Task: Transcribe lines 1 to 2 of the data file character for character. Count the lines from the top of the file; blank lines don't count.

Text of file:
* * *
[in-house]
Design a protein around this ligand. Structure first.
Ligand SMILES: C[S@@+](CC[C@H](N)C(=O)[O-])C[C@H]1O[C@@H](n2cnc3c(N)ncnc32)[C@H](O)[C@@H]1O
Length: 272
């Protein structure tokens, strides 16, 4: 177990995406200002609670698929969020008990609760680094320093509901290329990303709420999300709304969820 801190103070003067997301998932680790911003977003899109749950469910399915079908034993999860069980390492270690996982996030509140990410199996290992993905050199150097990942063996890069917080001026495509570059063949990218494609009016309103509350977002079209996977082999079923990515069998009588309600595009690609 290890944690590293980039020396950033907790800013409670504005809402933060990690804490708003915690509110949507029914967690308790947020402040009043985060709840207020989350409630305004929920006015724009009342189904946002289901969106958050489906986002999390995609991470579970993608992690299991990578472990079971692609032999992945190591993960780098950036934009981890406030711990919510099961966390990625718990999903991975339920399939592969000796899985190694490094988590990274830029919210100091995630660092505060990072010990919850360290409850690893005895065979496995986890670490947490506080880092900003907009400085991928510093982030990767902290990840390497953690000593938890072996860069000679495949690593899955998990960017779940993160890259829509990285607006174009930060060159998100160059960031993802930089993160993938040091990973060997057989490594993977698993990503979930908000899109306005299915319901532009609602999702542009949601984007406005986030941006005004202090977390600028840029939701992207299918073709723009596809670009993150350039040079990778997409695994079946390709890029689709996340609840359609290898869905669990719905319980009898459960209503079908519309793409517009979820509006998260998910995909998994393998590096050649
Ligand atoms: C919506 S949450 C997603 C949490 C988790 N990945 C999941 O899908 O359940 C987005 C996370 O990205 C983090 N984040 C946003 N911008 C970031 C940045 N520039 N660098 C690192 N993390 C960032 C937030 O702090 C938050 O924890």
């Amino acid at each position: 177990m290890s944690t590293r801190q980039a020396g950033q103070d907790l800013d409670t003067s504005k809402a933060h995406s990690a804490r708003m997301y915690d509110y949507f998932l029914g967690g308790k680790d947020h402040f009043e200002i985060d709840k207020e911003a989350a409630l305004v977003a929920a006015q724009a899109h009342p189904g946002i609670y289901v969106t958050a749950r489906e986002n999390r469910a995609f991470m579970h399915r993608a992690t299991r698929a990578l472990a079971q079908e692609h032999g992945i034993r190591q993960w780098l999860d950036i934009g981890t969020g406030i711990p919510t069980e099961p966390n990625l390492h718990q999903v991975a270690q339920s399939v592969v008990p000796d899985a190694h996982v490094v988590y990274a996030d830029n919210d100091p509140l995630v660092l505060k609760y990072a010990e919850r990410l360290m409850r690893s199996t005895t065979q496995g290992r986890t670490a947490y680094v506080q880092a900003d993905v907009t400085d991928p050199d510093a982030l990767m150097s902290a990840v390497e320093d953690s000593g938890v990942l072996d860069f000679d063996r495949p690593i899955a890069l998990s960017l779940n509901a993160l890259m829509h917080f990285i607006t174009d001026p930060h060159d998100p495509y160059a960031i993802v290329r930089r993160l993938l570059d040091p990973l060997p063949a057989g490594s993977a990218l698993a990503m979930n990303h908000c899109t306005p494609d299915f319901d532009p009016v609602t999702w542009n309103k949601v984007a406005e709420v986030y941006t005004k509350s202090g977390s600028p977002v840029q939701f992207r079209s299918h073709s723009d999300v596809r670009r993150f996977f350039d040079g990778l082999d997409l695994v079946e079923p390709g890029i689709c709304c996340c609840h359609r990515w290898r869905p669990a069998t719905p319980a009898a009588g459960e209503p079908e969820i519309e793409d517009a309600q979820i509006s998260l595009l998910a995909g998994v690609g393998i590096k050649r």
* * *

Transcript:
[in-house]
Design a protein around this ligand. Structure first.